Bodies of work

OUTeast Film Festival’s Youth Mentorship Program supports filmmaker Stephanie Young with her upcoming trans-focused documentary.

A still from Young’s Scarlines.
A still from Young’s Scarlines.

Emerging local filmmaker Stephanie Young is deeply inspired by queer film. As part of OUTeast Film Festival's Youth Mentorship Program, her short film Scarlines screens Saturday June 22, as well as her work-in-progress documentary, accompanied by an artist talk, on Sunday.

"Our Bodies"---a working title---"is a documentary that explores and critiques the accessibility of trans-related healthcare, surgeries and services in Nova Scotia, and across the country," says Young over coffee at Java Blend. "Currently there is no funding system in place for sexual reassignment surgery in Nova Scotia, forcing many people to pay out of pocket."

With support of the Province of Nova Scotia's Cultural Opportunities for Youth program, OUTeast supports filmmaker-in-residence Young, and Our Bodies, which features several interviews, footage of local rallies and events. Still in its infancy, Young aspires to bring the project from province to province, and document places where sexual reassignment surgery is funded, and how this impacts trans residents. "I'd like to see the project evolve into a feature film and be used as a resource and a tool in the fight for accessible trans healthcare in Nova Scotia," says Young. "These surgeries and the expenses that come along with them are costly, and many people are unable to afford them on their own.

Young's first film Scarlines, created as part of her NSCAD thesis project, explores Jack, a post-op transman who visits his seaside hometown for the first time since his transition. He reconnects with family and friends, who struggle to accept and recognize him. The story was partially inspired by a conversation with her trans partner Samson Learn, a local photographer, and his parents, who shared an insight into a much less accepting family over breakfast on a recent visit to Halifax.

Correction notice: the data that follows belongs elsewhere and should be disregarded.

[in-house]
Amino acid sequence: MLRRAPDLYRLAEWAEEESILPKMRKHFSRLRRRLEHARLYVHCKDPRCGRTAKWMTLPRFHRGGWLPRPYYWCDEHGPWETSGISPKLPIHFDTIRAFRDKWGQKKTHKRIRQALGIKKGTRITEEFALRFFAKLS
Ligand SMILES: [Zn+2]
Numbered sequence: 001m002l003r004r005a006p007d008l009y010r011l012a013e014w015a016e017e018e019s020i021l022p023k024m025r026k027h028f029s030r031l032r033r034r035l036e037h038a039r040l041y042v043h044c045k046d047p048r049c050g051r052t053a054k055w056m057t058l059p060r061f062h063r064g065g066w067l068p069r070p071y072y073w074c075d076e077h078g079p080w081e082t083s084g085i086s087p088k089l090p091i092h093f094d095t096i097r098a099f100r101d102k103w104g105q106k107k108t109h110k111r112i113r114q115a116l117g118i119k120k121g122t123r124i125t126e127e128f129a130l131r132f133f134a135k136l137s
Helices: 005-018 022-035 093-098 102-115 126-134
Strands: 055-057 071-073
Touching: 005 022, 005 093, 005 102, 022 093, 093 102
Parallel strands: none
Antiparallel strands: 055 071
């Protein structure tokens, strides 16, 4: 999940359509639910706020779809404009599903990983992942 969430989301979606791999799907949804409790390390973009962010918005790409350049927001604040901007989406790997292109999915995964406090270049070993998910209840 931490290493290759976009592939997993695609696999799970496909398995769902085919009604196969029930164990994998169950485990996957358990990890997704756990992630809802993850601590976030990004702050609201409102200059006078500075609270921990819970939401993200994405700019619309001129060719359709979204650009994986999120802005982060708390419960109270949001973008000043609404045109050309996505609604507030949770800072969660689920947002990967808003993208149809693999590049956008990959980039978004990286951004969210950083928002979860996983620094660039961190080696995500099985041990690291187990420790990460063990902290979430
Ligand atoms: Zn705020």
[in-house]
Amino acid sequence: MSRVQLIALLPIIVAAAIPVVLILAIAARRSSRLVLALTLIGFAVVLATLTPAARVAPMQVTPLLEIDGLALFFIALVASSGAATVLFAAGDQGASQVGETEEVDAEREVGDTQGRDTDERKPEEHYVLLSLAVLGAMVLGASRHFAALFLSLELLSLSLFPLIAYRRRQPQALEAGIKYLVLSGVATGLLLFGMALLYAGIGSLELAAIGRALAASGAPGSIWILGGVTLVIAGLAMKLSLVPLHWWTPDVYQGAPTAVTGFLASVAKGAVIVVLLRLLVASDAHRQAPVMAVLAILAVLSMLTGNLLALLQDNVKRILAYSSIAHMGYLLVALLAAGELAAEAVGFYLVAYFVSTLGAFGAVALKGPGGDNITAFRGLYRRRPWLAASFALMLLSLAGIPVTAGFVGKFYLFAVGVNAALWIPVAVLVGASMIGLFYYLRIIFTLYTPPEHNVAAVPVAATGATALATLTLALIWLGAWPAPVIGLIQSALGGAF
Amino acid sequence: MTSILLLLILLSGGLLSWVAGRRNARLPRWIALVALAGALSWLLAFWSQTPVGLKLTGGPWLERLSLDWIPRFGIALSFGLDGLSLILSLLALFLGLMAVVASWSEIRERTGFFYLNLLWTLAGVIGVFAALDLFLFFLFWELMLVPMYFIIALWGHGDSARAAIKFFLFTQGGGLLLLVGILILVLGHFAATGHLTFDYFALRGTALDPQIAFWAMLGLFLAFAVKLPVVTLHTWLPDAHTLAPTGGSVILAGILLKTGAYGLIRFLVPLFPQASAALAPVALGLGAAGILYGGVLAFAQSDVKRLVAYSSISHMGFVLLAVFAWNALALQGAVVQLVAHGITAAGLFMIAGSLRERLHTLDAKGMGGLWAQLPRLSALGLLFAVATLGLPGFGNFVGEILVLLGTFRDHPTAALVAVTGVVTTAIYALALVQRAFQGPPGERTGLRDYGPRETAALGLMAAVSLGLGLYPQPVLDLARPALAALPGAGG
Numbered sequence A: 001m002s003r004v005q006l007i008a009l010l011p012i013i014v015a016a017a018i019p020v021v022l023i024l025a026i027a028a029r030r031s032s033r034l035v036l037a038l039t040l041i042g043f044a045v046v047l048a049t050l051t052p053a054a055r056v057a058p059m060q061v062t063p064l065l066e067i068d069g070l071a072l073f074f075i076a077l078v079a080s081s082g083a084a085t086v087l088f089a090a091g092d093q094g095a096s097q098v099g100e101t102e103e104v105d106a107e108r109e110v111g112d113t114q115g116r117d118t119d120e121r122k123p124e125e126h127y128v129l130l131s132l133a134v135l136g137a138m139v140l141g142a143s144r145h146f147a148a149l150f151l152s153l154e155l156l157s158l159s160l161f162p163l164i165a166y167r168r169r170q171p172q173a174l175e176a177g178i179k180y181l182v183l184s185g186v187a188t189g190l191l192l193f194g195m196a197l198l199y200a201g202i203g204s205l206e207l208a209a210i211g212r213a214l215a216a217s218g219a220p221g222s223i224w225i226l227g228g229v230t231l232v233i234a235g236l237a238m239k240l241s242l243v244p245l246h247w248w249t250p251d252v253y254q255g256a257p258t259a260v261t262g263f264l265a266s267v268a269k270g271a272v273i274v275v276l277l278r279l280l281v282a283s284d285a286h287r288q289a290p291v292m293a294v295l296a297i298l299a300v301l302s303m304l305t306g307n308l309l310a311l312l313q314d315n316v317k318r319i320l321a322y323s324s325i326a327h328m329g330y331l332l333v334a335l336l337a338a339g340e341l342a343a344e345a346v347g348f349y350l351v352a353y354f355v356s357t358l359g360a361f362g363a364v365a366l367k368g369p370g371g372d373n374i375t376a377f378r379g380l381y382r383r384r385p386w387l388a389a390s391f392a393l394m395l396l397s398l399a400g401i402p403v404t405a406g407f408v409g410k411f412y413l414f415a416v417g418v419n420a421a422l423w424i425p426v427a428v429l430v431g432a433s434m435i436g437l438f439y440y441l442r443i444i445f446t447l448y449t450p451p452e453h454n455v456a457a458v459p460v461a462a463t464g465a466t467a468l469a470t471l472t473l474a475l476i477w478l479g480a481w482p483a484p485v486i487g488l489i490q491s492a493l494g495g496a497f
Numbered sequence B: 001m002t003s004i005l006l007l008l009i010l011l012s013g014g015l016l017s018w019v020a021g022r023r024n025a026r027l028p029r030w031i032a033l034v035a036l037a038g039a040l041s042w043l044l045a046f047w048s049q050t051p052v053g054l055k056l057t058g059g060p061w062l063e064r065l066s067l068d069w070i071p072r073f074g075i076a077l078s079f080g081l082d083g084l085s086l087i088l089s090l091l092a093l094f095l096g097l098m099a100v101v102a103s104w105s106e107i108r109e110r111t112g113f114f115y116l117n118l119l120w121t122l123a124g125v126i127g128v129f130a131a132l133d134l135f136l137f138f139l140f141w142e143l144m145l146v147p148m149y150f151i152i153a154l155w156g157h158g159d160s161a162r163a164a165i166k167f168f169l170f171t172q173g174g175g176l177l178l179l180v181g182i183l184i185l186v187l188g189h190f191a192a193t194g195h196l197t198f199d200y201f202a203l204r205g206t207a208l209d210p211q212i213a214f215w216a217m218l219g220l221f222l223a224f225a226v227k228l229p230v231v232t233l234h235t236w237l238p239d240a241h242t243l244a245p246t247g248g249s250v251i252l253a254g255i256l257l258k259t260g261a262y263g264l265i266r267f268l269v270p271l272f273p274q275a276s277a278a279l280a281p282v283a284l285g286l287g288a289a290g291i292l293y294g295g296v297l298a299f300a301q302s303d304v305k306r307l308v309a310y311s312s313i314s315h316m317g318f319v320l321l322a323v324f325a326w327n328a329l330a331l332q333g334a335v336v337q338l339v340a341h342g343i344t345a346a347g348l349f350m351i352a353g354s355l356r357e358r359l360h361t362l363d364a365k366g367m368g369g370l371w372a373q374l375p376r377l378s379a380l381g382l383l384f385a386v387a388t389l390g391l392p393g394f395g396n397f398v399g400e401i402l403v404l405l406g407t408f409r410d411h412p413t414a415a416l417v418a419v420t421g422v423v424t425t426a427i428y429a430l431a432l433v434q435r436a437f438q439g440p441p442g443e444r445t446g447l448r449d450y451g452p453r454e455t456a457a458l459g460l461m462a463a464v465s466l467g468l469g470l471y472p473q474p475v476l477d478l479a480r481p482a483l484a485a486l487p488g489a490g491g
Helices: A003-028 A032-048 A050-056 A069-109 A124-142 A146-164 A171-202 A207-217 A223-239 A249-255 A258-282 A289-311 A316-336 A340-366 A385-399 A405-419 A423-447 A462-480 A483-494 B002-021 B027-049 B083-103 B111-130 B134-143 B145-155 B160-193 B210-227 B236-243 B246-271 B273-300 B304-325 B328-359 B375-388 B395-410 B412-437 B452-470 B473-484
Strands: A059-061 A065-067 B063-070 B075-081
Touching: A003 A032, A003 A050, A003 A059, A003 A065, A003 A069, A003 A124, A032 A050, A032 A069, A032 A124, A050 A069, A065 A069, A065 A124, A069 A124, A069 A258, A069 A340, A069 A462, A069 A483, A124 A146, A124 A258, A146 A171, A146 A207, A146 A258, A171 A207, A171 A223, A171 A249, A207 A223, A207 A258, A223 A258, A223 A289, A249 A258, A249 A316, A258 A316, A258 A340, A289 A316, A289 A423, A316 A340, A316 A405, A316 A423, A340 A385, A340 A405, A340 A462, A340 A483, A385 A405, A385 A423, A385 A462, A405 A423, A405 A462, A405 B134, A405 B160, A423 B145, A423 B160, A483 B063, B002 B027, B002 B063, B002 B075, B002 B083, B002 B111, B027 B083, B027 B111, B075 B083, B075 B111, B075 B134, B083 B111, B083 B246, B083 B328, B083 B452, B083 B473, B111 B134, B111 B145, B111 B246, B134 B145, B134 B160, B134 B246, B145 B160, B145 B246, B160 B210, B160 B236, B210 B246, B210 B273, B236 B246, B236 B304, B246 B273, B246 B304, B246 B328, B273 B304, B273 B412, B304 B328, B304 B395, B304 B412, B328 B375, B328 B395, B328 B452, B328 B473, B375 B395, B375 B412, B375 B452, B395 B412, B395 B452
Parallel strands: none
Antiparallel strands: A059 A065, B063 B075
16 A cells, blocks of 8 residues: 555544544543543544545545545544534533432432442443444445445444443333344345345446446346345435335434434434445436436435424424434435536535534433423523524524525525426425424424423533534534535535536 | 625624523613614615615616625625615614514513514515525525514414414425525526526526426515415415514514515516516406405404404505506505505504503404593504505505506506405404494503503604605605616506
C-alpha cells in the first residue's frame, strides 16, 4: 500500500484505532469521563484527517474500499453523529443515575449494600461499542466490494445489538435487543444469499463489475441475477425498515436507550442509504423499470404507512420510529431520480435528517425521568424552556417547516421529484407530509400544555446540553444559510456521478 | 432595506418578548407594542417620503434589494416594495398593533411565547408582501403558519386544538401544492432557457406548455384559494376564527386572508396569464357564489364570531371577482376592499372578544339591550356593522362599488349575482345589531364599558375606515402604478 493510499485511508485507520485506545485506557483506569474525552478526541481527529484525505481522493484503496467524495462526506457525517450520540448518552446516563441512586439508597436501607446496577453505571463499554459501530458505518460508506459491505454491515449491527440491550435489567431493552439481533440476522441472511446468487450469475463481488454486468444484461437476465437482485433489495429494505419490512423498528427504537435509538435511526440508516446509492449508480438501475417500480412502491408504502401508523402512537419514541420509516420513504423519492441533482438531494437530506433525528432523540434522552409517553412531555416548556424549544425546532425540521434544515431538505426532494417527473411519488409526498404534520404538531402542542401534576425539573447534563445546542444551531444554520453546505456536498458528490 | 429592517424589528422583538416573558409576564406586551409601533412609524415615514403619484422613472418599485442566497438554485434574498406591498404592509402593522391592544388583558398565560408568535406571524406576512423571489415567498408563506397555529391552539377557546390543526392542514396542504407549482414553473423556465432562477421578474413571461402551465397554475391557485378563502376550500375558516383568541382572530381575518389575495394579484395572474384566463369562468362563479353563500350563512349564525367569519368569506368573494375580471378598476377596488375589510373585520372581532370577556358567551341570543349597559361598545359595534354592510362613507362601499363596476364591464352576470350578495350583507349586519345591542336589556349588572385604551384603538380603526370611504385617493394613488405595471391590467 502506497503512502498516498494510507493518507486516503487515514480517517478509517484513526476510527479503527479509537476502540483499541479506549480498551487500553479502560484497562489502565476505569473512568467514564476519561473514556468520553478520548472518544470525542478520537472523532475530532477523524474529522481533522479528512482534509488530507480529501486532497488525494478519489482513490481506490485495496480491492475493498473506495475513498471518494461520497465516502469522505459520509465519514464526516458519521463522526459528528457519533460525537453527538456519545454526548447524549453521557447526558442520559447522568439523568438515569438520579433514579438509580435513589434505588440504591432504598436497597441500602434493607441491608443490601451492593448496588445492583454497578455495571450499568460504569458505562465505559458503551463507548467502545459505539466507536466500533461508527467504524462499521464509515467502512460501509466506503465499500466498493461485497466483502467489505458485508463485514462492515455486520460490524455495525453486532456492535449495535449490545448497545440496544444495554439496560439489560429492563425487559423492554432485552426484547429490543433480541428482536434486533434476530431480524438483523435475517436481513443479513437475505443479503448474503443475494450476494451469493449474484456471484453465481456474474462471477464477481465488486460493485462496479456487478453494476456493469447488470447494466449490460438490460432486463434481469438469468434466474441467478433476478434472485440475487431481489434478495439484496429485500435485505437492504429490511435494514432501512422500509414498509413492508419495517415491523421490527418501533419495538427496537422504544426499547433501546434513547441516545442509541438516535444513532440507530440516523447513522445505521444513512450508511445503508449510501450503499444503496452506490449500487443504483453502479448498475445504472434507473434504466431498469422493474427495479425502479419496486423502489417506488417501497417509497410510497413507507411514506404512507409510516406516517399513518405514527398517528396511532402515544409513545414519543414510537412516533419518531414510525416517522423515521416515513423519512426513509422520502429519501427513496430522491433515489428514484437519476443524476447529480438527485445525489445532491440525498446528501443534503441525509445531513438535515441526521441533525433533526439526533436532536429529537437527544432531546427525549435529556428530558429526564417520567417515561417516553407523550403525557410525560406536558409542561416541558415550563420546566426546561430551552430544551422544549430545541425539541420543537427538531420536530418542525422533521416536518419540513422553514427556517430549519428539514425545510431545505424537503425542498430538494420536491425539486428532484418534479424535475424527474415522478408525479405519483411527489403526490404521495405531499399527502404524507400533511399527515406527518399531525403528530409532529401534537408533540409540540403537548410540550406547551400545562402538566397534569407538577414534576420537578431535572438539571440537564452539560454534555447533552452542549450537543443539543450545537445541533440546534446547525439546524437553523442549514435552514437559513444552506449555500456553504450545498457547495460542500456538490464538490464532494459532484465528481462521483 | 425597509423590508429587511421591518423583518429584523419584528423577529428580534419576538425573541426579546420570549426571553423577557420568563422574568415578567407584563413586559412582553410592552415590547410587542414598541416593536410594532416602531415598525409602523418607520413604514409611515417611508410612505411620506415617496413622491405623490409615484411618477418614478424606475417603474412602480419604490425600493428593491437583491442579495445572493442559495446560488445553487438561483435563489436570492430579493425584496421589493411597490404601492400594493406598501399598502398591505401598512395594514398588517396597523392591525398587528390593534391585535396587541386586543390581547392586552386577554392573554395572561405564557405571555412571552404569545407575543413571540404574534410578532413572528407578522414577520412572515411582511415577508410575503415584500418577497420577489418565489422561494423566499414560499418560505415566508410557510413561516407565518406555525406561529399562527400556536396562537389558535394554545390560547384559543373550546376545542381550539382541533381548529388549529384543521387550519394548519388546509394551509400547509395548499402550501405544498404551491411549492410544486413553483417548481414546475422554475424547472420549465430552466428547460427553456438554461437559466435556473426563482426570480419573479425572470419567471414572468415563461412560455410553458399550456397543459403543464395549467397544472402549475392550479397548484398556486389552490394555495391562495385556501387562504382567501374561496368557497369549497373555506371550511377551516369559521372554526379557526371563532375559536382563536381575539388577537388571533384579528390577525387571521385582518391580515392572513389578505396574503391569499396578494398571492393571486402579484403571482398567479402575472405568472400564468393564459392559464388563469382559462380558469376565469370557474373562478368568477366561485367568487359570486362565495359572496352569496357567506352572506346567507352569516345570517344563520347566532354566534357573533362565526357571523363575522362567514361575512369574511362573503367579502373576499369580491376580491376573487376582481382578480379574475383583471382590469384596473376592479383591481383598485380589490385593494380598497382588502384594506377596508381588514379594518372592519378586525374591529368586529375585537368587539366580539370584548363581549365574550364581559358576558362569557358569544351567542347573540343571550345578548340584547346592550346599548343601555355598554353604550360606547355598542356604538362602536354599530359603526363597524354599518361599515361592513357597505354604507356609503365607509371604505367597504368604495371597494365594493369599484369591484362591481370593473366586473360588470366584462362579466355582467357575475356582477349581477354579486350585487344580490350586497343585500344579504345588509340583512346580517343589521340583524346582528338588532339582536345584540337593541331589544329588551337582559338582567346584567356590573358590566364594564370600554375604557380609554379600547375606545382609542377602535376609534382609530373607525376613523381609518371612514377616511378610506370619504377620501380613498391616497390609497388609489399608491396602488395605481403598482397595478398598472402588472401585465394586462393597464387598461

"Over coffee they told us the story of a young man from their rural town who came out as gay, and was more or less disowned by his family," says Young. "He and his partner had to move to the city, and he hadn't been in touch with his family since the falling out. Even after we left the restaurant that day, I couldn't stop thinking about this man's story."

Scarlines was shot in multiple locations around Halifax, Ketch Harbour and Terrence Bay. "I really wanted to achieve that small east coast town vibe. Some of the other locations were actually more urban," she says. "The bar is The Company House, the motel is in Bedford and the bedroom scene was actually shot at my parents' place in Fairview."

As a recent graduate of NSCAD's film program, who also organizes and performs as part of the Halifax Drag King Troupe, Young is honoured to be OUTeast's second artist-in-residence. "There is an amazing group of creative-minded individuals who are the driving force behind OUTeast," says Young. "I have unlimited respect for these people"---Krista Davis, Jenna Dufton and Andria Wilson---"as artists, as activists and also as cool people to hang out with and talk film, performance, queer issues and cats."

OUTeast Queer Film Festival, June 20-23, Work-in-progress emerging artist screening, Sunday, June 23 at 3pm, Neptune Studio Theatre, 1593 Argyle, $10

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